Today, the thriving metropolis of London sees a generous scattering of synagogues and Jewish cultural centers throughout its myriad boroughs. None however has seen the proliferation of Jewish daily life like in London’s East End.
Owing to economic hardship and ever-frequent Russian pogroms, the period between the years 1881 - 1914 saw a massive influx (over two million) of predominately Eastern European Ashkenazi Jews into the eastern boroughs of the English capital. Concentrated around the Spitalfields parish area in London’s East, the burgeoning Jewish community rapidly established itself in a tight-knit array of schuls, yeshive, soup kitchens, Yiddish theaters and local kosher shops. By 1900, Jews accounted for 95% of the East End’s Wentworth Street residents.
Modern-day London East End continues in its multi-cultural vibe with a large Bengali community with previous Jewish generations having since moved on. Despite this, the area around Spitalfields leaves behind a wealth of Jewish heritage hidden in the multitudinous Georgian-era buildings.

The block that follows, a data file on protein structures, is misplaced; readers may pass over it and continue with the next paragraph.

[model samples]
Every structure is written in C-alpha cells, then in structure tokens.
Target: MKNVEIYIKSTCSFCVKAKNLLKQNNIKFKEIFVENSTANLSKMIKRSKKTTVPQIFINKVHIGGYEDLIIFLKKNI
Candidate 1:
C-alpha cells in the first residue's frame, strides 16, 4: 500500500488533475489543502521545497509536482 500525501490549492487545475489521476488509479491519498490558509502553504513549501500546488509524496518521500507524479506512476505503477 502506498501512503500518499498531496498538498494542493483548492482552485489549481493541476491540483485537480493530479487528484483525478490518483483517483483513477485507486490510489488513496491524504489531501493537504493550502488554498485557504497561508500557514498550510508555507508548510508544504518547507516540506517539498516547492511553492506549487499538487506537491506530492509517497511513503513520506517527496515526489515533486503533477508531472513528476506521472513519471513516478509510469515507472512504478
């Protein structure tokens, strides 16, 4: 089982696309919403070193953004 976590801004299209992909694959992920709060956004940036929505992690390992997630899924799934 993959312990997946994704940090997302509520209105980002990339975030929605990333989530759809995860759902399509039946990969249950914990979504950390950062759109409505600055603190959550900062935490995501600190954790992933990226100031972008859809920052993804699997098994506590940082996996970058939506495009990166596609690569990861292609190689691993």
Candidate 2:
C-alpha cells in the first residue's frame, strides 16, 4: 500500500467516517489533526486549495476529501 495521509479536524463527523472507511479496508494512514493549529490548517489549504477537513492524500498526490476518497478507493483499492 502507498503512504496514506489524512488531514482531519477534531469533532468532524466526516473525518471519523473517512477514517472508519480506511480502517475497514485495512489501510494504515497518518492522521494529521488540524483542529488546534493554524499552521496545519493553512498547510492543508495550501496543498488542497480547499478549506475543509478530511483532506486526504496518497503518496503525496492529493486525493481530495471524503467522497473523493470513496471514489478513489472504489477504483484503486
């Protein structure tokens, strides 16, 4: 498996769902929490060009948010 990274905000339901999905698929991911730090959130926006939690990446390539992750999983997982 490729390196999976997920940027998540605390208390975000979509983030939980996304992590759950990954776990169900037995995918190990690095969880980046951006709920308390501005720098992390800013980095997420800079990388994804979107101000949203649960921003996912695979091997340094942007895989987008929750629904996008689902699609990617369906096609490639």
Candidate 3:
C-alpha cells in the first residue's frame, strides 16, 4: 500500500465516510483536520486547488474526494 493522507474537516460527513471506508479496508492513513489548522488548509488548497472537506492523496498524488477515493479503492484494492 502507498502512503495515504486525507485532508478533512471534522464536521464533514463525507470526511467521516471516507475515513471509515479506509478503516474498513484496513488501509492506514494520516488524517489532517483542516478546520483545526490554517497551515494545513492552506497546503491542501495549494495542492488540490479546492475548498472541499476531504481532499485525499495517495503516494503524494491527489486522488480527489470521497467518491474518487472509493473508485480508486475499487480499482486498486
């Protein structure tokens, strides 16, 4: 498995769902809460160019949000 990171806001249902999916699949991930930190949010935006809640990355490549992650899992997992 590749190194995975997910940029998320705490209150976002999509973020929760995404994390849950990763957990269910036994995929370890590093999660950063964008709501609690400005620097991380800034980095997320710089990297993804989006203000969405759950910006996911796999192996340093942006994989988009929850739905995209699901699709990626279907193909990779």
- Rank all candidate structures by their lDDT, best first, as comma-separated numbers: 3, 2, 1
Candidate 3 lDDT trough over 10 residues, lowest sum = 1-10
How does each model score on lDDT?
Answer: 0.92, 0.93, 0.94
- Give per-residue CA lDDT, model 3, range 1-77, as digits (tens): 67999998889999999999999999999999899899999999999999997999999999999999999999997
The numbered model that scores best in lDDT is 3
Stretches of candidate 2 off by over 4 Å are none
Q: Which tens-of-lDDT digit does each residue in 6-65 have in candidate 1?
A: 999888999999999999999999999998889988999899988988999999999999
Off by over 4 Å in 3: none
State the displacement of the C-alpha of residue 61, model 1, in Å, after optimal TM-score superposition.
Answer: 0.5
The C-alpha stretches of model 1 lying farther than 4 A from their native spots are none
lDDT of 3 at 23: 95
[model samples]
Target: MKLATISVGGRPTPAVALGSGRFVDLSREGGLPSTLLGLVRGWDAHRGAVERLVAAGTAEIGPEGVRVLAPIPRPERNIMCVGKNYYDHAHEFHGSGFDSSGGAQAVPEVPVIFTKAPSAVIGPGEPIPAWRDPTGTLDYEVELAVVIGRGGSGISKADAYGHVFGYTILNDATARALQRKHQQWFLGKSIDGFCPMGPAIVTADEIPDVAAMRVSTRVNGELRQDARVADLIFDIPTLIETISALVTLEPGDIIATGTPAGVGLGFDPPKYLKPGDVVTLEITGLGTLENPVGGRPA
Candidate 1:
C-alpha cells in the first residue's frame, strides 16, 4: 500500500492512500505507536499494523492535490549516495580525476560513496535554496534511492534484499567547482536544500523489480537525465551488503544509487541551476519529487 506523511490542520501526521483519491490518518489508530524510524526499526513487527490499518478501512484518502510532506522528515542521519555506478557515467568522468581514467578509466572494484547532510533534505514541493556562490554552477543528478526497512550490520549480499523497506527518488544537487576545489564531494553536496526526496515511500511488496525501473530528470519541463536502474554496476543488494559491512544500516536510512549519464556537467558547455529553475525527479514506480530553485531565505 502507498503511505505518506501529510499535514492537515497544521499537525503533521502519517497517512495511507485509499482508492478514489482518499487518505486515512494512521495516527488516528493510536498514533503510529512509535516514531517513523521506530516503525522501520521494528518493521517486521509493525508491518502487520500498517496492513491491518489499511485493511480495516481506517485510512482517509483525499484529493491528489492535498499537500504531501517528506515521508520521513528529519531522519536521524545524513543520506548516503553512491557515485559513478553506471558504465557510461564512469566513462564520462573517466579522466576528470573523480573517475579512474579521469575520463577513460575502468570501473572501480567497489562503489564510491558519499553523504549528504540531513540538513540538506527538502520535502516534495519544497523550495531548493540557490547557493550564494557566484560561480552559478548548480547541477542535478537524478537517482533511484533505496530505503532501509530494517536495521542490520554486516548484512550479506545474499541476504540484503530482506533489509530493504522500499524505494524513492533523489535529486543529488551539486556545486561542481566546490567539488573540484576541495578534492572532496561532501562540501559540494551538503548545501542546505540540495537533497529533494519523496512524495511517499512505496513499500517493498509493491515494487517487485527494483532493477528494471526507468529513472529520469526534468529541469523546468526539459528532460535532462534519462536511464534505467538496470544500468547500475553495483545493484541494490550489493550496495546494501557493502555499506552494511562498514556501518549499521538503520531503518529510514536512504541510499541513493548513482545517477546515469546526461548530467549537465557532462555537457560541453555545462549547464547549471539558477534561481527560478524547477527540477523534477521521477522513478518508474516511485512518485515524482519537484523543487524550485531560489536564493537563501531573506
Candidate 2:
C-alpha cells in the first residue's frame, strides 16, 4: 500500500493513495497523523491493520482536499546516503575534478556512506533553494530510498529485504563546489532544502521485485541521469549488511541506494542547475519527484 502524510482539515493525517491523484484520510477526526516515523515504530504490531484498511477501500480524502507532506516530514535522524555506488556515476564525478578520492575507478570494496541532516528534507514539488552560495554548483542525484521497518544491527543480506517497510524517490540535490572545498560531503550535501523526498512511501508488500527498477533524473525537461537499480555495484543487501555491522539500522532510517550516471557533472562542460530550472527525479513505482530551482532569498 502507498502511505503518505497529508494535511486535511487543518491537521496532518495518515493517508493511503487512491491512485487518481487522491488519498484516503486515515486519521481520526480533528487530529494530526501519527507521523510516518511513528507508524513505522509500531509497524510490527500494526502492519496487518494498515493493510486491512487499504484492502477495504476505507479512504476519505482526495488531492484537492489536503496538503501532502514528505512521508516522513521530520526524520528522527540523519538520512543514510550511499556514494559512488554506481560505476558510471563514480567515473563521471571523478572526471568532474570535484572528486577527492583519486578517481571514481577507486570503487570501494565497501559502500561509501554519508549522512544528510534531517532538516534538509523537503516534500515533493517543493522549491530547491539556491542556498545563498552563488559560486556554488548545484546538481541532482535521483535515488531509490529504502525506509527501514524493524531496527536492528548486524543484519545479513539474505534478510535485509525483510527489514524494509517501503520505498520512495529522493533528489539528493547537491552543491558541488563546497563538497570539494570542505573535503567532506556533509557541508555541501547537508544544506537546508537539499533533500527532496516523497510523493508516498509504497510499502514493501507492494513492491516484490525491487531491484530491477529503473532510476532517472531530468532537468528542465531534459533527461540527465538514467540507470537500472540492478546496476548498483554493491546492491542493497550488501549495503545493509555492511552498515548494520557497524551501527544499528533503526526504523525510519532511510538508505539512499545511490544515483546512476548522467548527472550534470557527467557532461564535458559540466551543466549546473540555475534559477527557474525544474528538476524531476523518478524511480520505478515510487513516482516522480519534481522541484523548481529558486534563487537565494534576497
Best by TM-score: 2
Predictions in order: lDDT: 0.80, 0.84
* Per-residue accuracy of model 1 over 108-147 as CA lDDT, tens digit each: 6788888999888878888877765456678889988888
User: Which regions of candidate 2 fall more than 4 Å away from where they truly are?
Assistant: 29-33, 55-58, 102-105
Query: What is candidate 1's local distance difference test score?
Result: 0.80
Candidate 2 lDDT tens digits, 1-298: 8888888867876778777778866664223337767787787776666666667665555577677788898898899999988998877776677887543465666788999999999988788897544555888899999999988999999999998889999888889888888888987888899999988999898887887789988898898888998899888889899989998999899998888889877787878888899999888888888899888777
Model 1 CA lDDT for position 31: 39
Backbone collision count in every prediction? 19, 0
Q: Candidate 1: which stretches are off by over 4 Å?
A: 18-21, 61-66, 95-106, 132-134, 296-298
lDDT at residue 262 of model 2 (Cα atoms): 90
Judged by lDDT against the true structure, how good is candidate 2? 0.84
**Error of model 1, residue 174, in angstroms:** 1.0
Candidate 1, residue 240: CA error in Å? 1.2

The site of a former synagogue on Princelet Street, now the aptly-named Museum of Immigration and Diversity, holds the curious tale of cabbalistic scholar David Rodinsky, who after years of reclusive study in the synagogue attic suddenly vanished – his quarters discovered untouched 20 years later. Digging up her Jewish roots, author Rachel Lichtenstein went in search of answers to the Rodinsky mystery in her book, Rodinsky’s Room. Now a veritable piece of London East End folklore, the enigma around Rodinsky as well as many other Spitalfield urban legends line the borough’s streets.
Our guides at Milk and Honey Tours would be delighted to take you on an engaging tour around the diverse monuments that make up Jewish London. Immerse yourself in the history of Jewish communities that have left their indelible mark on the cultural heritage of the ever-happening English capital.